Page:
Year Two (Level 5)

Music for Media (15 Credits)

What’s it about?

An introduction to composing for a visual stimulus, including adverts, computer games, and films.

What do I learn?

You will be introduced to composing to a brief and working with moving images. Your compositions will need to react to the images on the screen. We will also work on developing production techniques.

What’s the assignment?

2 original compositions for 2 given stimuli and a website to showcase these products.

To see the module description, please click here.

ROCK, POP AND RELATED GENRES (15 Credits)

What’s it about?

This module is about analysing musical developments since the early 1950s. This includes exploring connections between styles, harmonies, and rhythm, and how each core genre develops over time. Genres include Modal and Free Jazz, Punk, Hip-Hop, and Film Music.

What do I learn?

You will learn to analyse musical characteristics to evaluate their significance in the development of popular music that will result in well-researched logical arguments.

What’s the assignment?

There are two elements to this: One is an essay on a genre of your choice (1,500 words) and the second is a Viva Voce (10-12 mins) where you will be expected to discuss the genres delivered during the module.

Want to know more?

To see the module description, please click here.

THE SELF EMPLOYED MUSICIAN (POP) (15 Credits)

What’s it about?

Today’s musicians and producers need to be in charge of their own careers. You will be learning about the nature of the music industry and the laws and obligations that the self-employed musician must deal with.

What do I learn?

You will be learning about the various laws that affect the modern musician, from contract and tax law to health and safety, as well as developing a personal approach to self-marketing and promotion.

What’s the assignment?

There are two assignments to submit. One is a pair of complementary written reports on contemporary music business laws and personal finance organisation (1,200 words).  The other is a Portfolio and student-designed Promotion Pack demonstrating a personal approach to and understanding of self-marketing.

To see the module description, please click here.

MUSICAL SKILLS AND DEVELOPMENT 2 (30 Credits)

What’s it about?

There are three aspects to this module: musical performance, musicianship skills, and personal development planning (PDP).

What do I learn?

Building on the Musical Skills and Development 1 module, and through a combination of instrumental / vocal lessons, performance workshops and ensemble activities, you will develop an enhanced technique and musicianship in support of musical performance. You will continue to develop your aural awareness and use of musical notation along with an approach to PDP that supports your wider learning and starts to consider career planning.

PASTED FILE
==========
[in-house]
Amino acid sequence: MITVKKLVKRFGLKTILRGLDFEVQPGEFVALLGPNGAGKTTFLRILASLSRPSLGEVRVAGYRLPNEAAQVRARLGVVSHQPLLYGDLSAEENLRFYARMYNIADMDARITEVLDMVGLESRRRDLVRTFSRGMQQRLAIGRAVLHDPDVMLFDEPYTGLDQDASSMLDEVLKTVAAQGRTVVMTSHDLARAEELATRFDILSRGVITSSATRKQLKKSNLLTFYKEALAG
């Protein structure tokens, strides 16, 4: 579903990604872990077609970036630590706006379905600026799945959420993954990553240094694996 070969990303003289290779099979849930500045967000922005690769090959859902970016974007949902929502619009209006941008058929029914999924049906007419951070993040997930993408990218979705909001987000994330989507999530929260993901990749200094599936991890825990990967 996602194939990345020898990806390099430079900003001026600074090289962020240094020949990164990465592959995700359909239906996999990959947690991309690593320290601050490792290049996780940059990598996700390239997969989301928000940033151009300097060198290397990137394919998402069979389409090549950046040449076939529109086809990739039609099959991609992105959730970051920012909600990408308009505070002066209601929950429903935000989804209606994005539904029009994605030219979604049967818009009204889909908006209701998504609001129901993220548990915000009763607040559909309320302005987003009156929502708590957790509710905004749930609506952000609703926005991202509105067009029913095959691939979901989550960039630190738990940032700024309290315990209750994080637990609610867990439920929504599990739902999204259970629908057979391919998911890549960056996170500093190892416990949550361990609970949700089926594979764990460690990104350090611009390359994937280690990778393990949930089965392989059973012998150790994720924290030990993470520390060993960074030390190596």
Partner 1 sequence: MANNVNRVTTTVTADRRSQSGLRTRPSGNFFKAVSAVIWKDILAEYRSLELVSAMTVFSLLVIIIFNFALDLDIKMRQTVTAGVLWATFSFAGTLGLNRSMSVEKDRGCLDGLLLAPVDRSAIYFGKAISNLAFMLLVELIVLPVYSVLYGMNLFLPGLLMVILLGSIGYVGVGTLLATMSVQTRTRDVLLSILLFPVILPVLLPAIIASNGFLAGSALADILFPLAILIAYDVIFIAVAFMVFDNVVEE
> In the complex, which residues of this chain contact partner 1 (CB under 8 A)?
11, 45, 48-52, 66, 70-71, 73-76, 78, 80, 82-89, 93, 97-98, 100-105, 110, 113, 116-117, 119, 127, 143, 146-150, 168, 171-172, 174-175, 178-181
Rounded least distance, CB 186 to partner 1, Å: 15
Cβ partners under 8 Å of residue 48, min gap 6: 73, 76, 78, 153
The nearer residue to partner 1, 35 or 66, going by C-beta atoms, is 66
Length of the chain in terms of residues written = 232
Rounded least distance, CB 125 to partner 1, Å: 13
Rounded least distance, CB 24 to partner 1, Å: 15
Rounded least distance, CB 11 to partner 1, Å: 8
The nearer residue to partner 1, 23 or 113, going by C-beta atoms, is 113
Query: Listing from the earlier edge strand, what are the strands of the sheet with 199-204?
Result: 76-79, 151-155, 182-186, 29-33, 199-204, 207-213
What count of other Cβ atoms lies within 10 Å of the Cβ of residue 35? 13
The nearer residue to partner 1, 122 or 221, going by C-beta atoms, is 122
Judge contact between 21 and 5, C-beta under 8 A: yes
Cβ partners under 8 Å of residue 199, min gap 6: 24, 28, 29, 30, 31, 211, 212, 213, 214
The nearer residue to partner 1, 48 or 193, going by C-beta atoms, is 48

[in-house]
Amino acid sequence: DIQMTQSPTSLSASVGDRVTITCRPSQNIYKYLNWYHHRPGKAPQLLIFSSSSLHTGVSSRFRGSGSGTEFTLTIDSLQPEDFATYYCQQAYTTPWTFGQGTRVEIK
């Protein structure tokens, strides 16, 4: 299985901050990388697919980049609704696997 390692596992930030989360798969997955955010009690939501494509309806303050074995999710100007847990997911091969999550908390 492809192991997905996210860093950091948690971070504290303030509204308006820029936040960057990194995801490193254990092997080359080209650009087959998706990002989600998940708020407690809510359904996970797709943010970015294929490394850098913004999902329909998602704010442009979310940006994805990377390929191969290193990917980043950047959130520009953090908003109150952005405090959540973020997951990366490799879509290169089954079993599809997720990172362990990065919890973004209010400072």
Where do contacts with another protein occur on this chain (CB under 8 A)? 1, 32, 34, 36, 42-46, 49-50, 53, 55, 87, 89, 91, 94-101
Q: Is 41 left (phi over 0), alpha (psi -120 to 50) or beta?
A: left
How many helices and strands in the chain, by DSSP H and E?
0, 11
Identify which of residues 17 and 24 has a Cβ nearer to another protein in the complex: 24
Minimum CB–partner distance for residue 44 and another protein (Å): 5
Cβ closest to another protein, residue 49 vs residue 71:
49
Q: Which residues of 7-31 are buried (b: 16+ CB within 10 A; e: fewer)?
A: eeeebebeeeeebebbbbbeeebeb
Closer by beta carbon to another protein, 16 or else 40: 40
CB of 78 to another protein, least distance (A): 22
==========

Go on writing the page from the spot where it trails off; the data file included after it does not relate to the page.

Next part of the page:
What’s the assignment?

You will prepare two performances, create and perform a portfolio of compositions for your instrument, and plan and later reflect on your learning during the academic year (1,600 words).

Want to know more?

To see the module description, please click here.

Optional Modules

ADVANCED CREATIVE PRODUCTION (15 Credits)

What’s it about?

This module is about developing skills as a producer through studio multitrack recordings and advanced digital manipulation to provide expert mixing, mastering and re-mixing for an ever changing recording industry.

What do I learn?

You will learn to evaluate and creatively apply digital historical and contemporary post- production techniques.

What’s the assignment?

There is only one element: A portfolio of two distinct mixes from one multitrack recording and a supportive evaluation of 750 words.

Want to know more?

To see the module description, please click here.

Open events
Places to live
About finances
Academic calendar
Prospectus request
View School of Music

Disclaimer

All Fees and prices shown on the website are for courses starting in the 2017-18 academic year and correct at the time of entering/printing information, however these may be subject to change. The College cannot accept legal or financial liability as a result of any such changes. Fees for courses starting in the 2018-19 academic year will be added to the website from June 2018.

The course information describes programmes offered by Colchester Institute. The College takes all reasonable steps to provide courses as described, but cannot guarantee provision. The information is for guidance and does not form any part of a contract.

The College reserves the right to update and amend information as and when necessary. Colchester Institute will do its best to provide the courses shown, but may have to modify or withdraw a course depending on customer demand and other factors.